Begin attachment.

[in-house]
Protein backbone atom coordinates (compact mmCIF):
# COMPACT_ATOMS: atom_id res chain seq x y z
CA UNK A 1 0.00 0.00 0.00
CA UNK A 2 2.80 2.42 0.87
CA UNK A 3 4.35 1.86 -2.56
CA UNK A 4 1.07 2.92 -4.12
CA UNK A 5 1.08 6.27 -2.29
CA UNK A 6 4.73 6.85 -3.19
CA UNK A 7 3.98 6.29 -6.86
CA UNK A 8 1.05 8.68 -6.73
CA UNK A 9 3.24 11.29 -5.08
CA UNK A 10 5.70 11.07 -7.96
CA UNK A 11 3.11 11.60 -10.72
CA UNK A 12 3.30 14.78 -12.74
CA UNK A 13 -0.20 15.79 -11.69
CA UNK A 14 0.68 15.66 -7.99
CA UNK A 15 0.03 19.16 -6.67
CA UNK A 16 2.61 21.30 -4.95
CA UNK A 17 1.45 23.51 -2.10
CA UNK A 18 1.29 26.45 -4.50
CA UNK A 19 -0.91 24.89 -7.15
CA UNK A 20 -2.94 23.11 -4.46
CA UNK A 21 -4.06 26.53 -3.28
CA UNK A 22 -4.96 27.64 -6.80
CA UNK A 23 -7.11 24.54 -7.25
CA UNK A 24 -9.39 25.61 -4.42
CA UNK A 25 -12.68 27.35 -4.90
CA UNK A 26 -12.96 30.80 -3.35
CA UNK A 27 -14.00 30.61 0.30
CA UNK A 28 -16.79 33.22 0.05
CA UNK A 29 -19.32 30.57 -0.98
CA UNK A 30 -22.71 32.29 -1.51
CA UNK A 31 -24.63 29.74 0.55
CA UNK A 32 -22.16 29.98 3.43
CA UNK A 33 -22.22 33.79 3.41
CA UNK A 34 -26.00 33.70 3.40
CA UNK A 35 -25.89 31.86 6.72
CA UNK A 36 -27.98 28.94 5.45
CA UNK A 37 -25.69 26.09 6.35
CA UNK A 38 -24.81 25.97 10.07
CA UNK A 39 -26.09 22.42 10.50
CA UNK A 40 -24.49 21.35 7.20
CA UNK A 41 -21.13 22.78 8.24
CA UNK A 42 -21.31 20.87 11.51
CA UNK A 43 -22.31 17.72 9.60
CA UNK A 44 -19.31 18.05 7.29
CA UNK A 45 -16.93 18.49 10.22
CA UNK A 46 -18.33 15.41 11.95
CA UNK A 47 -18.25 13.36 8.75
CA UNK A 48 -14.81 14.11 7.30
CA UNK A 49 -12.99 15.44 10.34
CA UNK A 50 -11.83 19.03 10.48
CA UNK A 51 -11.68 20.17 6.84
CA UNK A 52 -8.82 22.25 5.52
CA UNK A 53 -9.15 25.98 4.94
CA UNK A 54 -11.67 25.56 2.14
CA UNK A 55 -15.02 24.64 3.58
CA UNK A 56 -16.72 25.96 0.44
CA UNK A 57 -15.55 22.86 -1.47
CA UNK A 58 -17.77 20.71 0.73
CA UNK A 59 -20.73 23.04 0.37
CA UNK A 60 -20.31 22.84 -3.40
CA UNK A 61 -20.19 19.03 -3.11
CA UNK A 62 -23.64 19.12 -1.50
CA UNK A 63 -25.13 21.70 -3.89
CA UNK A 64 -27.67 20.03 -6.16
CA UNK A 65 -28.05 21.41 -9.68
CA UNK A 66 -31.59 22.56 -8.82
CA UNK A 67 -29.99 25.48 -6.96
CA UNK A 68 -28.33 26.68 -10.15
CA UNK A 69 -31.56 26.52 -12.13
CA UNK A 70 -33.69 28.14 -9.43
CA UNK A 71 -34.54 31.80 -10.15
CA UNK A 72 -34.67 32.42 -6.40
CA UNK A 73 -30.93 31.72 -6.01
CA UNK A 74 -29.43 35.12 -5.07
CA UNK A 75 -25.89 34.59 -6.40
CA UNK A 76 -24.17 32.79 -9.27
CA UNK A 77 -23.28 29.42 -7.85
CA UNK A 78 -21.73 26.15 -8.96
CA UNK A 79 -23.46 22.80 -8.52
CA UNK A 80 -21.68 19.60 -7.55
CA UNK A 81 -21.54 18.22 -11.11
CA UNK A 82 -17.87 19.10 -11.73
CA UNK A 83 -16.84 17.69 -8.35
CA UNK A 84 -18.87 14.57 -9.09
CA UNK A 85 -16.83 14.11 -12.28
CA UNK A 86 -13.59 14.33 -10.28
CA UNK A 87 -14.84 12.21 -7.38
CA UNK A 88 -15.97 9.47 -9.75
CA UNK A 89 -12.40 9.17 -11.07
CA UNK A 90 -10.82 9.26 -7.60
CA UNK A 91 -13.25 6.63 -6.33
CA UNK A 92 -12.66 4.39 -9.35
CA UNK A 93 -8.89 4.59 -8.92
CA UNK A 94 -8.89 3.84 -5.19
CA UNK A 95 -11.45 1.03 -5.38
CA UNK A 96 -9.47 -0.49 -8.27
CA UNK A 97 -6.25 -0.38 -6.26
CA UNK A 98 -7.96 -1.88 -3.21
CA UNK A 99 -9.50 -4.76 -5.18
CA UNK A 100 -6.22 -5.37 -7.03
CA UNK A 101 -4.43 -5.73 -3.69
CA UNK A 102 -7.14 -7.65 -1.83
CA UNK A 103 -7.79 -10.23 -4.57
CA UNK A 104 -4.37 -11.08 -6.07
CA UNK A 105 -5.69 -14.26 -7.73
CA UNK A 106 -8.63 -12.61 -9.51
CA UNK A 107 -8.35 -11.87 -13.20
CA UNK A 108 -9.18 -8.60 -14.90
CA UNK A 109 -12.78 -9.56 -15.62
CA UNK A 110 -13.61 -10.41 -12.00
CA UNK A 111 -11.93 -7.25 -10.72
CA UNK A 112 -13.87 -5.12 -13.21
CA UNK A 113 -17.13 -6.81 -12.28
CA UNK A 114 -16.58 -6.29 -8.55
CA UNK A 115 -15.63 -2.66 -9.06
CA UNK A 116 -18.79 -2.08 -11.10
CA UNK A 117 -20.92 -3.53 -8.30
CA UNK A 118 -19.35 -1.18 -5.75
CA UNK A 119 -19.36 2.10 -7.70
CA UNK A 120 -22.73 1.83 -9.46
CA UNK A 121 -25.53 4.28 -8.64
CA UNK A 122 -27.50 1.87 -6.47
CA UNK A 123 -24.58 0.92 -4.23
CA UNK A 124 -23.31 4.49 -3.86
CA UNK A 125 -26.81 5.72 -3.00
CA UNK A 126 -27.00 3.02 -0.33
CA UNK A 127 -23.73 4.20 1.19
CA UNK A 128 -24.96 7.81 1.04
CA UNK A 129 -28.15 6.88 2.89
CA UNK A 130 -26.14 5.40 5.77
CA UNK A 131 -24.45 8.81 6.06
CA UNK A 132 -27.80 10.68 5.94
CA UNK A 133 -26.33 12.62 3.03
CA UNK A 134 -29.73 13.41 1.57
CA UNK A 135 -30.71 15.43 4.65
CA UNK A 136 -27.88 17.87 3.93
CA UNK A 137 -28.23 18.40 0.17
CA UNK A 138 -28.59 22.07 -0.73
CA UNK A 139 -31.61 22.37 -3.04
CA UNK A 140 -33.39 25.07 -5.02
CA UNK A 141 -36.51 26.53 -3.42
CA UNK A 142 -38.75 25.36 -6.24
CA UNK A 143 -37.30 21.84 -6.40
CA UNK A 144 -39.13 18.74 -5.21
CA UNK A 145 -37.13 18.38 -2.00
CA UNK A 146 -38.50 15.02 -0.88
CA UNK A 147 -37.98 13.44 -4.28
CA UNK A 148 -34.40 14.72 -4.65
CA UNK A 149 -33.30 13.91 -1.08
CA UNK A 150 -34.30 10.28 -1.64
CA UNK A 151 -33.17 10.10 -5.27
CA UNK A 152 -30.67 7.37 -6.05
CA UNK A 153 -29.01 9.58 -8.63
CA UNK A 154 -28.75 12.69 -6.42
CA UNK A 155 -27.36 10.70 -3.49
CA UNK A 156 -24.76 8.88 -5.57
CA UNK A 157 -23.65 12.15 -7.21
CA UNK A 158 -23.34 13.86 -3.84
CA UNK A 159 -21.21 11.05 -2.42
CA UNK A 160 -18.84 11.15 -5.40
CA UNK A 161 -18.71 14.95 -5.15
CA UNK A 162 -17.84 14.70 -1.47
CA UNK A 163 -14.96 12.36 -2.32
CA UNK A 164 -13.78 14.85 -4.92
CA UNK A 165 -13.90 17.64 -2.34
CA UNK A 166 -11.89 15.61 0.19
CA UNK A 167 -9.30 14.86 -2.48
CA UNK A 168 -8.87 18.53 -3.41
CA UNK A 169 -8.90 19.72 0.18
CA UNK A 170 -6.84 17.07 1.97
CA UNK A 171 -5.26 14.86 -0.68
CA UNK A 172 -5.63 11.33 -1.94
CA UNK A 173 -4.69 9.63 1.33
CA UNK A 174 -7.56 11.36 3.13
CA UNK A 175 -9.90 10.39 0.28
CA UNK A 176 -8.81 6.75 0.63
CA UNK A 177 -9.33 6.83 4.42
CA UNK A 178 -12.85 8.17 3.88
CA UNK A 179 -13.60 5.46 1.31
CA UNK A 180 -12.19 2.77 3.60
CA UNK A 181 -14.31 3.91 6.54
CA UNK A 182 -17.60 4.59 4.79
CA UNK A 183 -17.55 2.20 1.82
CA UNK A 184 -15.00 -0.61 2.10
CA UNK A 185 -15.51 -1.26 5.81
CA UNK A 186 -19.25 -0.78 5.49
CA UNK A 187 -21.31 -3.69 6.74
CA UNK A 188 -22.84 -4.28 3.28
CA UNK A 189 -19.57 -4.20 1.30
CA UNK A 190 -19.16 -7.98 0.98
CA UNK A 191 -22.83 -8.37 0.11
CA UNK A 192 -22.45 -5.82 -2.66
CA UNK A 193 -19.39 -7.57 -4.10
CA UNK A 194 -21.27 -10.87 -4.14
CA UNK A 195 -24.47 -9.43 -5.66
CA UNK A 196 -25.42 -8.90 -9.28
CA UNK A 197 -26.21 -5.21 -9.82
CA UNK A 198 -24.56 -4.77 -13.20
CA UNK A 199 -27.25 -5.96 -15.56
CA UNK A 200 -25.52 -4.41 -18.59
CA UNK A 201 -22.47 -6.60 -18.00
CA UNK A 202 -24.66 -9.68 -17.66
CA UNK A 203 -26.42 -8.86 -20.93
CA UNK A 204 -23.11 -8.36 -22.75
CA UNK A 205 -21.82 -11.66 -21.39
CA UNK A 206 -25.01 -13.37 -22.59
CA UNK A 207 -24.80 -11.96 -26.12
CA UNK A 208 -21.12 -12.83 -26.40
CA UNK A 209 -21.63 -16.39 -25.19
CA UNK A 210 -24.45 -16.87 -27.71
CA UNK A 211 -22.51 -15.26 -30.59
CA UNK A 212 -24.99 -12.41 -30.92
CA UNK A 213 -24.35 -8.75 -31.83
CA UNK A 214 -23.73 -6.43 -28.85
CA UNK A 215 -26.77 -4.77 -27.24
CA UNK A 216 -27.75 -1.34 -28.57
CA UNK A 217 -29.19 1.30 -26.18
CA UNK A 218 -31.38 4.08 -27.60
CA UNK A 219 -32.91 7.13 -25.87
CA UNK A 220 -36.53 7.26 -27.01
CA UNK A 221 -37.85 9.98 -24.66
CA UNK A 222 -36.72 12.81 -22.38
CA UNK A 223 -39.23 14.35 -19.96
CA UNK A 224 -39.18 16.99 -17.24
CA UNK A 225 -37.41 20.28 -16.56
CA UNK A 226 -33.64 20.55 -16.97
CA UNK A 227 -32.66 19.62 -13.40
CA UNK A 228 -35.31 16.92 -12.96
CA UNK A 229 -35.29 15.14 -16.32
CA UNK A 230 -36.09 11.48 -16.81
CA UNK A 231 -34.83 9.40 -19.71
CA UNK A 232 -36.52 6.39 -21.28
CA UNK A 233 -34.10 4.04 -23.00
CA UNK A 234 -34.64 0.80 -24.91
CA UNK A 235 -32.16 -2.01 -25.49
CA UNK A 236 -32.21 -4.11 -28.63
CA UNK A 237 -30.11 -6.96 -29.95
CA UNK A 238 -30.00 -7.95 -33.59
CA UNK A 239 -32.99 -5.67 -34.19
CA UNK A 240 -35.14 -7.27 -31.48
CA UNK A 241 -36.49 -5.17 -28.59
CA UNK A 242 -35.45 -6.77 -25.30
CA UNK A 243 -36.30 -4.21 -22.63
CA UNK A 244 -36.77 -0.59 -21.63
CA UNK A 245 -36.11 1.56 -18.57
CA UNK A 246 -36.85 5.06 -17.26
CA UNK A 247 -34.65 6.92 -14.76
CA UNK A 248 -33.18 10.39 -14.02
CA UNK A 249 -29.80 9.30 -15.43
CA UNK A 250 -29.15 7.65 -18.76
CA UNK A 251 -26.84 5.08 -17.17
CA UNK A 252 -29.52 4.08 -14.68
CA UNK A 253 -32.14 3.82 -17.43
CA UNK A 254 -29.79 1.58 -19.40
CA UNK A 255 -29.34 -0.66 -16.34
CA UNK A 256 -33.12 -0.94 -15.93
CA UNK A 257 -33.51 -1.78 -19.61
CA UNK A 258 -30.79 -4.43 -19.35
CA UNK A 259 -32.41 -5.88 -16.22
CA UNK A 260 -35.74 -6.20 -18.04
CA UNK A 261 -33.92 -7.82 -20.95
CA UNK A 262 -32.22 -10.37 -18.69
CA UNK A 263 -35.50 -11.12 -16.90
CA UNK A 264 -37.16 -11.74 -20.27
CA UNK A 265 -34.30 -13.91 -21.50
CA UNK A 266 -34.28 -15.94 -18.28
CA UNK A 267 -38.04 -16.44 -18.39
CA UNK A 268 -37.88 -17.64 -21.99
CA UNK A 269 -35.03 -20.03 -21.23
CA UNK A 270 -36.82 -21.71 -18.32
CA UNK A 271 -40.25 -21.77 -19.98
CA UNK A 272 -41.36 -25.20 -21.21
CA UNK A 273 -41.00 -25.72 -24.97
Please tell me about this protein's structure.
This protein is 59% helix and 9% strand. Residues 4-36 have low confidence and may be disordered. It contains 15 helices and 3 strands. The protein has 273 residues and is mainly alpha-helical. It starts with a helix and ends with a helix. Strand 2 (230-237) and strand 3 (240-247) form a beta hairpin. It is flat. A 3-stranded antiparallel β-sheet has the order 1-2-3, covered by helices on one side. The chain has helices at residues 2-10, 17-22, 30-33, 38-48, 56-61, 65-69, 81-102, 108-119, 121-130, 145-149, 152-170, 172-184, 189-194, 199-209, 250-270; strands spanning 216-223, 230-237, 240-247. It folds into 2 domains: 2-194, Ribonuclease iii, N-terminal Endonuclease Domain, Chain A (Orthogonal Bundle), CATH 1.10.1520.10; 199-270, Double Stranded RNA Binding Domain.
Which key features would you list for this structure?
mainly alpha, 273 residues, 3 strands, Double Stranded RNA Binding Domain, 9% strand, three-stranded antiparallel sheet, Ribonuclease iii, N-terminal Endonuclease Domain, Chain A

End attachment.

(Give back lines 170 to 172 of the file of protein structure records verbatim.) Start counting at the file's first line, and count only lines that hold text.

CA UNK A 167 -9.30 14.86 -2.48
CA UNK A 168 -8.87 18.53 -3.41
CA UNK A 169 -8.90 19.72 0.18